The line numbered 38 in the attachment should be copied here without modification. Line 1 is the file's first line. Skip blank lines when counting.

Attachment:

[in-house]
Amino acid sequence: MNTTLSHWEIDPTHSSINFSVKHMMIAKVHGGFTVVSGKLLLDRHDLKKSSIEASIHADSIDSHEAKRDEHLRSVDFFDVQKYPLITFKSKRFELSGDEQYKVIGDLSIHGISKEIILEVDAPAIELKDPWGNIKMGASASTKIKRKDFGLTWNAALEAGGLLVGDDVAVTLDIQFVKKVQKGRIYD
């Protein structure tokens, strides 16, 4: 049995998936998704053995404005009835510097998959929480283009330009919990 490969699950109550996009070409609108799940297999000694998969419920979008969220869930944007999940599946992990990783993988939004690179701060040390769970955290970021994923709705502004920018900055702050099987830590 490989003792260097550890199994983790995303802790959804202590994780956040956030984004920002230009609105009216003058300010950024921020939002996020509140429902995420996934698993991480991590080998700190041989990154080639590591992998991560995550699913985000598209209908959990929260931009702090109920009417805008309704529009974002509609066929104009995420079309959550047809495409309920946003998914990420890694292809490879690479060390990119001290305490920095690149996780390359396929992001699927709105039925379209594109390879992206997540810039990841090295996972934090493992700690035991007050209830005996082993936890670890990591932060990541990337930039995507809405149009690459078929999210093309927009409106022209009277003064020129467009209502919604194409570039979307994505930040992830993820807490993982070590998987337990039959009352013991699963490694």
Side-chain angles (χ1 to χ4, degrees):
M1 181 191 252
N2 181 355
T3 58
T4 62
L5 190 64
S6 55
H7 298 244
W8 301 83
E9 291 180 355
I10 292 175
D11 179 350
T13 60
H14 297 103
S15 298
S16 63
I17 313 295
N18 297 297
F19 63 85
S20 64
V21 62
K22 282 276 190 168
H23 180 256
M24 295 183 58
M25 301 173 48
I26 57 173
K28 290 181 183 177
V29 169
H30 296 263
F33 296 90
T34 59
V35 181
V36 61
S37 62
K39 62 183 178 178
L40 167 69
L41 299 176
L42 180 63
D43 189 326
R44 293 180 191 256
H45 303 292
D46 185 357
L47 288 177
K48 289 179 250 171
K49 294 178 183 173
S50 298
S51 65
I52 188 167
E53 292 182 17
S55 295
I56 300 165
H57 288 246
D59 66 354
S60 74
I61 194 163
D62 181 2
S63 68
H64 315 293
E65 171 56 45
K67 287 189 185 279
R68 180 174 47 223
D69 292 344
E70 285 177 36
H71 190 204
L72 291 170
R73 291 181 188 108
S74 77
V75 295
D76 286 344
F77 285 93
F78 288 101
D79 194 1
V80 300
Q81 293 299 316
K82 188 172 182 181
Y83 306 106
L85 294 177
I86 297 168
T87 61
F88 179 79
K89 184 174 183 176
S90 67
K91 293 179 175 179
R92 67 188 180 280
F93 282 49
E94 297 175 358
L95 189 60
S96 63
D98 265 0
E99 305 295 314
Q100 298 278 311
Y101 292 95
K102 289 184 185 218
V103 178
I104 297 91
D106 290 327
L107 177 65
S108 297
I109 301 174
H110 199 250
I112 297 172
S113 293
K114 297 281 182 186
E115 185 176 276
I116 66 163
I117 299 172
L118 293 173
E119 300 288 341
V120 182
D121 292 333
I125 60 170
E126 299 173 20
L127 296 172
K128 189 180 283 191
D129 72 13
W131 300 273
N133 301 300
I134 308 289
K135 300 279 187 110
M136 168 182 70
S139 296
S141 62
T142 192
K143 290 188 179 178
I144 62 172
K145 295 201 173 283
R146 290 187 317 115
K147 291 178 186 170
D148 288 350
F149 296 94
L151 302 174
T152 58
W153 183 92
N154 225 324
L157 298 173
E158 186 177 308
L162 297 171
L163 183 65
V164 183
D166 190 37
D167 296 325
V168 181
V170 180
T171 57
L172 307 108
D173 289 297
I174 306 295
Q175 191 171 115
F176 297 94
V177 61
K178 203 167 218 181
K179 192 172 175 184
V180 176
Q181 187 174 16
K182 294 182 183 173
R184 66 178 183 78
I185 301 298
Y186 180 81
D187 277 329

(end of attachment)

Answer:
K39 62 183 178 178